UFO Group Think? (Of course)
A piece in the June 25th 2012 New Yorker (pictured above) by Ezra Klein, Unpopular Mandate: Why do politicians reverse their positions [Page 30 ff.] has material that is applicable to ufology and many who comment at this blog and especially elsewhere (UFO UpDates and Kevin Randle’s blog).
The material I’m referring to is psychological in nature, and caught my attention with this paragraph on Page 31:
“Jonathan Haidt, a professor of psychology at New York University’s business school, argues, in a new book, “The Righteous Mind,” that to understand human beings, and their politics, you need to understand that we are descended from ancestors who would not have survived if they hadn’t been very good at belonging to groups…our minds contain a variety of mental mechanisms that make us adept at promoting our group’s interests, in competition with other groups…
One of those mechanisms is figuring out how to believe what the group believes…
…once group loyalties are engaged, you can’t change people’s minds by utterly refuting their arguments [italics mine]. Thinking is mostly just rationalization, mostly just a search for supporting evidence.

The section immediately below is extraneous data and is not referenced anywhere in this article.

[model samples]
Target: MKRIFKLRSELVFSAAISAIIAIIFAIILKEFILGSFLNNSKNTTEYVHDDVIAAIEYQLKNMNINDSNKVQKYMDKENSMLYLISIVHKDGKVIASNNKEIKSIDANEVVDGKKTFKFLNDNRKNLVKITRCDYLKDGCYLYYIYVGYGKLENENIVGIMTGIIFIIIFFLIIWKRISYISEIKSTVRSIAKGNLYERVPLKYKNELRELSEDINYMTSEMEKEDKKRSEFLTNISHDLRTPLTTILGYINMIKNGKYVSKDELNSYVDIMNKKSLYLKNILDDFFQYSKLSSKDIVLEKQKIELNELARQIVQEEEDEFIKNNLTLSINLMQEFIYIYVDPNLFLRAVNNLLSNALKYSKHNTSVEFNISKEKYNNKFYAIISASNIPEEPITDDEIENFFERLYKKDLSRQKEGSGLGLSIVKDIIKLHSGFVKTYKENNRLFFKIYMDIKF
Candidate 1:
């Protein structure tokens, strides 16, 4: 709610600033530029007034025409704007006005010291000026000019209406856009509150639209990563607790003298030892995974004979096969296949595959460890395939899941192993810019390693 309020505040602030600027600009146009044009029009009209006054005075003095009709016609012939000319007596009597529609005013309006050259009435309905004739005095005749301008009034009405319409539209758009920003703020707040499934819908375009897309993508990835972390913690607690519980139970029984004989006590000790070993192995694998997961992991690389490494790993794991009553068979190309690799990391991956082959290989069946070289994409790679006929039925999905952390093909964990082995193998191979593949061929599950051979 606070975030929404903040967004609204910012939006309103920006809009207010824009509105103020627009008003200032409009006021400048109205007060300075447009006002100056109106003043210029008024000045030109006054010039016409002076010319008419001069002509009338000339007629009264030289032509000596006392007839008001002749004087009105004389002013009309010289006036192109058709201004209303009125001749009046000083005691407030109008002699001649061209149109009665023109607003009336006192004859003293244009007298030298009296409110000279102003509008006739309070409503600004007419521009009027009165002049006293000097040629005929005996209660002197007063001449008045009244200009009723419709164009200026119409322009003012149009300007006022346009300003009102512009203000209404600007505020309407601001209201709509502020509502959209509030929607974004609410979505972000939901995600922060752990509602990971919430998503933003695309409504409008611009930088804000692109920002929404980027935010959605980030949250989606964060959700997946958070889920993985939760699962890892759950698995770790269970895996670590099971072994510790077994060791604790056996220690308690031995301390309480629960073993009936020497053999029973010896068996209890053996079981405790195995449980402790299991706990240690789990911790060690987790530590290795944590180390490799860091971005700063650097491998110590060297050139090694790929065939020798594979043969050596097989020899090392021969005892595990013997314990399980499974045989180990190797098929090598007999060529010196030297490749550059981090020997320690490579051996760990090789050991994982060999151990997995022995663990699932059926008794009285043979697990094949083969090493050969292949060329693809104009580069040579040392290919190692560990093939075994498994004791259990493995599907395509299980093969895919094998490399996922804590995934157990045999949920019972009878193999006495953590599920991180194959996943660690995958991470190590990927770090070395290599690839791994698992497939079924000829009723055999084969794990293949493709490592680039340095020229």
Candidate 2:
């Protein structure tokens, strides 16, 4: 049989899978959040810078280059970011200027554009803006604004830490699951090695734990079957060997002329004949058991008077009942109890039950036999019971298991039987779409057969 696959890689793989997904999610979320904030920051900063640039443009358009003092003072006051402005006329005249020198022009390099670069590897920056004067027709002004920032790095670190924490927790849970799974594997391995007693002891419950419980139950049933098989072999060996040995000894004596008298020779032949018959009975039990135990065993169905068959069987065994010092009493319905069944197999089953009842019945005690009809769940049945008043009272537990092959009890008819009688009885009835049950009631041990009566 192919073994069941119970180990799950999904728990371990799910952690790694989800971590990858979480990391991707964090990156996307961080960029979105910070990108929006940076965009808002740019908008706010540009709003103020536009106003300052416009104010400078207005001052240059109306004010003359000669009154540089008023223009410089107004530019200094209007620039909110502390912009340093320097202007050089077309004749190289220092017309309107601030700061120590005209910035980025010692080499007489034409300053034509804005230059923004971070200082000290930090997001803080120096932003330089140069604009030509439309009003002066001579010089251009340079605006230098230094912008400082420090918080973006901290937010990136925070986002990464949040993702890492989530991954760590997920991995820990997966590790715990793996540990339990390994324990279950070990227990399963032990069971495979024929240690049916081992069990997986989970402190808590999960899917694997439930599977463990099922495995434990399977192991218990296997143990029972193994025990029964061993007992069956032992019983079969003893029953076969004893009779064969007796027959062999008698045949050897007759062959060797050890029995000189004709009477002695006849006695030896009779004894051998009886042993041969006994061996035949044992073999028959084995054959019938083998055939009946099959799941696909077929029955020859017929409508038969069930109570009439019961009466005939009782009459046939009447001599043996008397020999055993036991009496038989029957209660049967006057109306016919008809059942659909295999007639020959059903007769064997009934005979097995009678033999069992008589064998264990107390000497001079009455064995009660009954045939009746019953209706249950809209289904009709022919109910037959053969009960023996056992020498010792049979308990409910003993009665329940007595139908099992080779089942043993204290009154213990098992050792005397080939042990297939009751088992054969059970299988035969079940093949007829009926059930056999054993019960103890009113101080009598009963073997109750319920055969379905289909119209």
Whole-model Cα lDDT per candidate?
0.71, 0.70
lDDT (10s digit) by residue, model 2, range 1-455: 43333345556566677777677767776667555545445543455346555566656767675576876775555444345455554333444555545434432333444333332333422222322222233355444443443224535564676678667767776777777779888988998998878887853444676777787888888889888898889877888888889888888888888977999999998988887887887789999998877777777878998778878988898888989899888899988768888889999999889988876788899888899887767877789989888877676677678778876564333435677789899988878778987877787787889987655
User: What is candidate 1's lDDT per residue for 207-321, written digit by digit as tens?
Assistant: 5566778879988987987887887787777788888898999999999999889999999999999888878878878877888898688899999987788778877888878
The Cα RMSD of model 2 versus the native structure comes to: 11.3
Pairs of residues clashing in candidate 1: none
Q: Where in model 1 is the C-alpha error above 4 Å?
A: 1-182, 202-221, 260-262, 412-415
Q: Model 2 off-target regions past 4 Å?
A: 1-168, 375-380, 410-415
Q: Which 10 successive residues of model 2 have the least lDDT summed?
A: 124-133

Psychologists have a term for this: “motivated reasoning” which Dan Kahan, a professor of law and psychology at Yale, defines as “when a person is conforming [italics mine] their assessments of information to some interest or goal that is independent of accuracy [italics mine, again].”
Writing about political parties, which I’m applying to UFO groups, Klein says this [Page 32]:
“…parties, though based on a set of principles, aren’t disinterested teachers of truth. They’re organized groups looking to increase their power [me again]. Or, as the psychologists would put it, their reasoning may be motivated by something other than accuracy [yep, italics mine].
Finally (from Page 33) “…we’re increasingly able to choose our information sources based on their tendency to back up whatever we already believe, we don’t even have to hear the arguments from the other side, much less give them serious attention [italics mine, of course].”
Thought-bias among ufologists and UFO mavens is palpable to most, but that bias need not be endemic to the discussion of the UFO phenomenon.
That group-think remains the so strong in the UFO community is distressing, but not unexpected, as the UFO topic has the tendency to attract a large segment of society that doesn’t have any intellectual acumen.
If we can, here, keep our comments (and postings) free of group think or “motivated reasoning,” we’ll be more than pleased with our small effort to upscale UFO thought and hypothetical thinking.